22 June 41 was a turning point in the persecution and extermination of the Jews of Eastern Europe. However, a stage had already been reached earlier, during the Polish campaign. From 1ᵉʳ September 1939, Jews had already been mass murdered, as well as Poles belonging to the intelligentsia. Hitler’s stated aim was to destroy Poland, which in his eyes represented the affront of the Treaty of Versailles. He therefore wanted to destroy the very foundations of Poland, but he also organised shootings of Jews. This began in September 1939, including in Eastern Galicia, which was briefly occupied by Nazi forces before being annexed by the Soviet Union. At the beginning of November 1939, around 500 Jews were shot in the Polish town of Ostrów Mazowiecka: it was the first mass shooting of Jews on the scale of an entire town, including men, women and children. Poland, where the Einsatzgruppen had already been present in September 39, was seen as a kind of laboratory. To prepare for Operation Barbarossa, Hitler drew conclusions from this experience on Polish soil by creating more Einsatzgruppen and issuing directives that recommended, for example, that Wehrmacht officers and non-commissioned officers be given the initiative in reprisals against the civilian population. As early as 22 June 1941, 90% of the army’s reprisals against the civilian population targeted Jews. And these officers had free rein, so they could organise reprisals against the civilian population on the mere suspicion of the presence of snipers or resistance.

Bearing in mind that behind the image of the “maverick”, as you develop in one of the chapters of the book, lies the figure of the Jew…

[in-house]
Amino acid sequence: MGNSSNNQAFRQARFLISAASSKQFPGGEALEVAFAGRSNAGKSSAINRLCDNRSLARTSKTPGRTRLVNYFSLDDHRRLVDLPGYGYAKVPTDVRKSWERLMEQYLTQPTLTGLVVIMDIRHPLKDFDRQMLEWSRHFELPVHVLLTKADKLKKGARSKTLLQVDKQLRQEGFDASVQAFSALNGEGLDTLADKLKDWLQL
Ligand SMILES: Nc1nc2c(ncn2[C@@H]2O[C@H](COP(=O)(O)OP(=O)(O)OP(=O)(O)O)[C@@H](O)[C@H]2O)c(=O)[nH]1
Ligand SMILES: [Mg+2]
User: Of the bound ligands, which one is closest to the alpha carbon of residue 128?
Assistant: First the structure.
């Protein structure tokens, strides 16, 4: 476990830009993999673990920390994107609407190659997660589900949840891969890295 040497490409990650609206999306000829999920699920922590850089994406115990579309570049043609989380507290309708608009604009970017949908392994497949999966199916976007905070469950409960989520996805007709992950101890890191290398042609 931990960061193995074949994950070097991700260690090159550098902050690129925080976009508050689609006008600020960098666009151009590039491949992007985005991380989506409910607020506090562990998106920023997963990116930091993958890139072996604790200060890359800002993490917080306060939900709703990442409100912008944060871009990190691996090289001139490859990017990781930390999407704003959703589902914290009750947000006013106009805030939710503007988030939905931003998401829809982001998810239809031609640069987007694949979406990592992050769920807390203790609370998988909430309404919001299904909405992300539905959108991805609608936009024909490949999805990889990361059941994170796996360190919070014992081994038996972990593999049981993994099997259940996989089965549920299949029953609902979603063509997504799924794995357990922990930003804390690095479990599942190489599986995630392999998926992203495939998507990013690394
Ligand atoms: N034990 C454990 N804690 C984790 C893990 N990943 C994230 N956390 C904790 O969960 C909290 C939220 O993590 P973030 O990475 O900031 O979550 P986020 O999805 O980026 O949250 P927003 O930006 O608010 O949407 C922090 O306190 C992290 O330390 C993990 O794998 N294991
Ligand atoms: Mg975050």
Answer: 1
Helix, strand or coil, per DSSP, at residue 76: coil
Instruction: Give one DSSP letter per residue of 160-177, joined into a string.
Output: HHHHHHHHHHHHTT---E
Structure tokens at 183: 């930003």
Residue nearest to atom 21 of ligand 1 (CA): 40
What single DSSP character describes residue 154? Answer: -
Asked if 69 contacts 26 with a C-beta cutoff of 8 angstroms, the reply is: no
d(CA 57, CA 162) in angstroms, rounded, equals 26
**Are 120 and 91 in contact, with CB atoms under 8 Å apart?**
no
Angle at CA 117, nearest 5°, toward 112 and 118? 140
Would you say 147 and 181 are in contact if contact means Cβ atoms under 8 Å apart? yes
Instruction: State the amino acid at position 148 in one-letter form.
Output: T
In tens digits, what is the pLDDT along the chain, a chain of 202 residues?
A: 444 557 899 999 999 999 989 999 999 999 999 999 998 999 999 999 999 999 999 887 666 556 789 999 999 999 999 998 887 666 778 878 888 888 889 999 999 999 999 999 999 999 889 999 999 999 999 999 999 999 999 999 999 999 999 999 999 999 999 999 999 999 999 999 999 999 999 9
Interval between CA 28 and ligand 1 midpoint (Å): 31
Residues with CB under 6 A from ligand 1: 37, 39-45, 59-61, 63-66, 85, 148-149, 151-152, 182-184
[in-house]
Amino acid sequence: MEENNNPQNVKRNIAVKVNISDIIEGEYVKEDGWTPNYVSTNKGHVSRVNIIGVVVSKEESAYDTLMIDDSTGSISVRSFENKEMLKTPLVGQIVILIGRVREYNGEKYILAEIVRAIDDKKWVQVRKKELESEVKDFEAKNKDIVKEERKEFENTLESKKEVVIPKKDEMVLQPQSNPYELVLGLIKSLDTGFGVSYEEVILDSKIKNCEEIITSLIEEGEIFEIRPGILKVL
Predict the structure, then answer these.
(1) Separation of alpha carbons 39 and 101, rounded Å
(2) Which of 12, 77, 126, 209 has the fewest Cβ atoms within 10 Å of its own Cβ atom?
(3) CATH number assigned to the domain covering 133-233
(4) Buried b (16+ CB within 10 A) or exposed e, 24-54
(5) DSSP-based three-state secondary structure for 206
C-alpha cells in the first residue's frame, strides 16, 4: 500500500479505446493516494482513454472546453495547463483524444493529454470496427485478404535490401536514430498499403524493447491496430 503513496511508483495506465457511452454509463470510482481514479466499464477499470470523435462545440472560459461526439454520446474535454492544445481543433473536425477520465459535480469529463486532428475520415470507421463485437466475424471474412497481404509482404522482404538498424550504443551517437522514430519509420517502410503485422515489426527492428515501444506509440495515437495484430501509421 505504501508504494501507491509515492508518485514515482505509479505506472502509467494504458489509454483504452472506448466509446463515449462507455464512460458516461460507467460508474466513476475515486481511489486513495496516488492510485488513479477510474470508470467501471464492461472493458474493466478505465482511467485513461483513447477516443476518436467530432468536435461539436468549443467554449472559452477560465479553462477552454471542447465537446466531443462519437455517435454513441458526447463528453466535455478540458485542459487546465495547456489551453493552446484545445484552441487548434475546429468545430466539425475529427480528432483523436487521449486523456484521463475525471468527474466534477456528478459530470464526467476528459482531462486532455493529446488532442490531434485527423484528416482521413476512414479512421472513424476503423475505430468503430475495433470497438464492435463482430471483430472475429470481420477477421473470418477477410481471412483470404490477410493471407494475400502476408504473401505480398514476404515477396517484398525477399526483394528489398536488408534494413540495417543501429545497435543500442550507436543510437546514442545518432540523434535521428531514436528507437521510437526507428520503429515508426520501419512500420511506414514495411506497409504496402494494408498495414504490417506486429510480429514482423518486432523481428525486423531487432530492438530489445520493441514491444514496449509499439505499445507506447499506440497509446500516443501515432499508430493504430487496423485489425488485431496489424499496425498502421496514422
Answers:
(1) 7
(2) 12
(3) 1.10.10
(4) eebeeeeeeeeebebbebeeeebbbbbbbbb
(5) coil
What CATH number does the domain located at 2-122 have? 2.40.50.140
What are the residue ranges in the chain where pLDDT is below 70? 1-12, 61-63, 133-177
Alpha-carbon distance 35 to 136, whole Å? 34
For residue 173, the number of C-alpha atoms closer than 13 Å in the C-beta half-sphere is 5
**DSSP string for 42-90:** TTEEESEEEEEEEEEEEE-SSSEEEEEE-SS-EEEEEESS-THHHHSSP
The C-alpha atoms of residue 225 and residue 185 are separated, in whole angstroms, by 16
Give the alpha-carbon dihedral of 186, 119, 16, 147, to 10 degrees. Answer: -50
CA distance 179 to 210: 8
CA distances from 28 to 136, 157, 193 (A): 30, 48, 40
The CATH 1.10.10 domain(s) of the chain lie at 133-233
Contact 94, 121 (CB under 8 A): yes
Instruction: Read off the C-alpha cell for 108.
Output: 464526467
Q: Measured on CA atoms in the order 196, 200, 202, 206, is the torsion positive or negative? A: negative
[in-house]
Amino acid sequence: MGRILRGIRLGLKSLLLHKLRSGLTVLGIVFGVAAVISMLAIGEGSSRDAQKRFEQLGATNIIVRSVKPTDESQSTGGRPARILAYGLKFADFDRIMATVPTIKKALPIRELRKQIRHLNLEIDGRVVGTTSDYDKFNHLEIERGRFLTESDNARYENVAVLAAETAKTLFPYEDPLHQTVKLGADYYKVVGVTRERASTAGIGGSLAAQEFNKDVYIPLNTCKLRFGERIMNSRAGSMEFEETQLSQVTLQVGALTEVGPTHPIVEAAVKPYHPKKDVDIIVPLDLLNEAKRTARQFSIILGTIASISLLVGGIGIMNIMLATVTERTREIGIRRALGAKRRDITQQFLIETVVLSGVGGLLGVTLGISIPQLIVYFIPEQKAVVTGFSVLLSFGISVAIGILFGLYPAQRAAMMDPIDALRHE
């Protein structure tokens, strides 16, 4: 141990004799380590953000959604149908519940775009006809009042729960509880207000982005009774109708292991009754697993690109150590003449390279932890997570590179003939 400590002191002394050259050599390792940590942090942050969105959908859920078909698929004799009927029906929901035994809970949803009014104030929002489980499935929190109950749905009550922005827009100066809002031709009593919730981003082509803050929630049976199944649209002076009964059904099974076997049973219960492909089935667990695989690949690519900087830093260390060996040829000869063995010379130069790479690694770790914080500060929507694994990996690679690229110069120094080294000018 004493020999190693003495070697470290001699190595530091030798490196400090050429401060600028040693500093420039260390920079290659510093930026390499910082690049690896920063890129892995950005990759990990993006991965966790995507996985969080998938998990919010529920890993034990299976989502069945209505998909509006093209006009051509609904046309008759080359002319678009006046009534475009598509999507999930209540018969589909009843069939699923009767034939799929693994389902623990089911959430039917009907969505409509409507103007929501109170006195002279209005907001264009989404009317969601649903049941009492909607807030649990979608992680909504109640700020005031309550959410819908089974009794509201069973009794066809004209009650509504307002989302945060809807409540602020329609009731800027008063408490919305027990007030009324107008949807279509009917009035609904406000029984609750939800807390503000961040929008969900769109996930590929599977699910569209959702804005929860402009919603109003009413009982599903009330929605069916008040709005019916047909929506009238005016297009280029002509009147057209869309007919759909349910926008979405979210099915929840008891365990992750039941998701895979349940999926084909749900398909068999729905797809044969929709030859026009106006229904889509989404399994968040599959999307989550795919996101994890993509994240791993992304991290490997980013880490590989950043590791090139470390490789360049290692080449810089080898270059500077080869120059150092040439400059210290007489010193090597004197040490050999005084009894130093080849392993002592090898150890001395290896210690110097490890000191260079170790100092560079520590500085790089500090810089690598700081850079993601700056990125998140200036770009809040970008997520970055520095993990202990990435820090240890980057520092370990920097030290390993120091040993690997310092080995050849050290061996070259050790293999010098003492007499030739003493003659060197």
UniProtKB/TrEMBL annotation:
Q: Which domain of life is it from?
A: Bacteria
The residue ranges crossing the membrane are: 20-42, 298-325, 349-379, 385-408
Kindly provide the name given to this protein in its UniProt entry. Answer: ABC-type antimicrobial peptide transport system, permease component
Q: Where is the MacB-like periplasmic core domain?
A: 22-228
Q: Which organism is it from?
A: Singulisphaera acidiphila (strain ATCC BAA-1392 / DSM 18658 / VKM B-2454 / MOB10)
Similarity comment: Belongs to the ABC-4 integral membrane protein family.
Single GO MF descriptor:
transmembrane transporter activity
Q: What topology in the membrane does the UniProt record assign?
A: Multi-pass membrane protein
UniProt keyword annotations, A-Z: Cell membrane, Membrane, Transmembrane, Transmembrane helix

Absolutely. The image of the maverick merges with the image of the Jew, and more specifically with the image of the Ostjude, the Jew from the East. It’s a very specific image: the Germans don’t have the same vision of the Jews of Berlin, for example. The Ostjude is an extremely strong symbolic figure, regularly used in Nazi propaganda. When German soldiers discovered this territory in the East and they actually came across these Ostjuden with their cafetans, long beards and hairnets, they immediately targeted them. They degraded the Jews by, for example, forcing them to walk on all fours. They documented this by taking photos. All this propaganda was made public. The German soldiers reproduced this persecution almost systematically, wherever they arrived. In the appearance of these pious men, they somehow found confirmation of what they had read in the Nazi propaganda newspapers. These religious Jews were also easily identifiable by the German viewer or reader in filmed newsreels or in the press.

The withdrawal of Soviet troops at the same time was a real opportunity for the Germans to point the finger of blame at the Jews. Was this part of the Nazi strategy in preparing Operation Barbarossa?